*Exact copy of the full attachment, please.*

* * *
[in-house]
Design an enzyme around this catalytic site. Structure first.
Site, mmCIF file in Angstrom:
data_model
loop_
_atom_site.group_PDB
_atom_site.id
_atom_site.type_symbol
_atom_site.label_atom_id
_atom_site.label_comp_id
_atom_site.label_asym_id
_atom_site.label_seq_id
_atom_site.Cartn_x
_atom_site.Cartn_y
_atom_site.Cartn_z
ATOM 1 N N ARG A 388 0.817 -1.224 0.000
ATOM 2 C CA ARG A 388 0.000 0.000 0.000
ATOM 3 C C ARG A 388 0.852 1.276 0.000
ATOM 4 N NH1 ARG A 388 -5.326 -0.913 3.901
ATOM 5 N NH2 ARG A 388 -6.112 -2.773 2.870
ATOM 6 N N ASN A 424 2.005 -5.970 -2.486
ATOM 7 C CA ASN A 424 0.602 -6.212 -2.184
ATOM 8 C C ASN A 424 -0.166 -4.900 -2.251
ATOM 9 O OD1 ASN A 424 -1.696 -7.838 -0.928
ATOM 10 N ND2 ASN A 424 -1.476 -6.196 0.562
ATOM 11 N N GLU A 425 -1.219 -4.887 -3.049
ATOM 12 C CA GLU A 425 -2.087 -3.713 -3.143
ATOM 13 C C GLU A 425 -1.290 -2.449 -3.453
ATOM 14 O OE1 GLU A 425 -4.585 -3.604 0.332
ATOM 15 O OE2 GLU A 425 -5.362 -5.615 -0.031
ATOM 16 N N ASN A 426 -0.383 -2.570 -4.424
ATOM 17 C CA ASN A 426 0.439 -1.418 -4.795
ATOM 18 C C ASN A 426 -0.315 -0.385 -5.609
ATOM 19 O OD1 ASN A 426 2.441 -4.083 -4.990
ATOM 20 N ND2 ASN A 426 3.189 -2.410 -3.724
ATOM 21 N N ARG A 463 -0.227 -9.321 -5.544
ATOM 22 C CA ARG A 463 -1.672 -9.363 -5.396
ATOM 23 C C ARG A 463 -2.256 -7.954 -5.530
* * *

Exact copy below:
[in-house]
Design an enzyme around this catalytic site. Structure first.
Site, mmCIF file in Angstrom:
data_model
loop_
_atom_site.group_PDB
_atom_site.id
_atom_site.type_symbol
_atom_site.label_atom_id
_atom_site.label_comp_id
_atom_site.label_asym_id
_atom_site.label_seq_id
_atom_site.Cartn_x
_atom_site.Cartn_y
_atom_site.Cartn_z
ATOM 1 N N ARG A 388 0.817 -1.224 0.000
ATOM 2 C CA ARG A 388 0.000 0.000 0.000
ATOM 3 C C ARG A 388 0.852 1.276 0.000
ATOM 4 N NH1 ARG A 388 -5.326 -0.913 3.901
ATOM 5 N NH2 ARG A 388 -6.112 -2.773 2.870
ATOM 6 N N ASN A 424 2.005 -5.970 -2.486
ATOM 7 C CA ASN A 424 0.602 -6.212 -2.184
ATOM 8 C C ASN A 424 -0.166 -4.900 -2.251
ATOM 9 O OD1 ASN A 424 -1.696 -7.838 -0.928
ATOM 10 N ND2 ASN A 424 -1.476 -6.196 0.562
ATOM 11 N N GLU A 425 -1.219 -4.887 -3.049
ATOM 12 C CA GLU A 425 -2.087 -3.713 -3.143
ATOM 13 C C GLU A 425 -1.290 -2.449 -3.453
ATOM 14 O OE1 GLU A 425 -4.585 -3.604 0.332
ATOM 15 O OE2 GLU A 425 -5.362 -5.615 -0.031
ATOM 16 N N ASN A 426 -0.383 -2.570 -4.424
ATOM 17 C CA ASN A 426 0.439 -1.418 -4.795
ATOM 18 C C ASN A 426 -0.315 -0.385 -5.609
ATOM 19 O OD1 ASN A 426 2.441 -4.083 -4.990
ATOM 20 N ND2 ASN A 426 3.189 -2.410 -3.724
ATOM 21 N N ARG A 463 -0.227 -9.321 -5.544
ATOM 22 C CA ARG A 463 -1.672 -9.363 -5.396
ATOM 23 C C ARG A 463 -2.256 -7.954 -5.530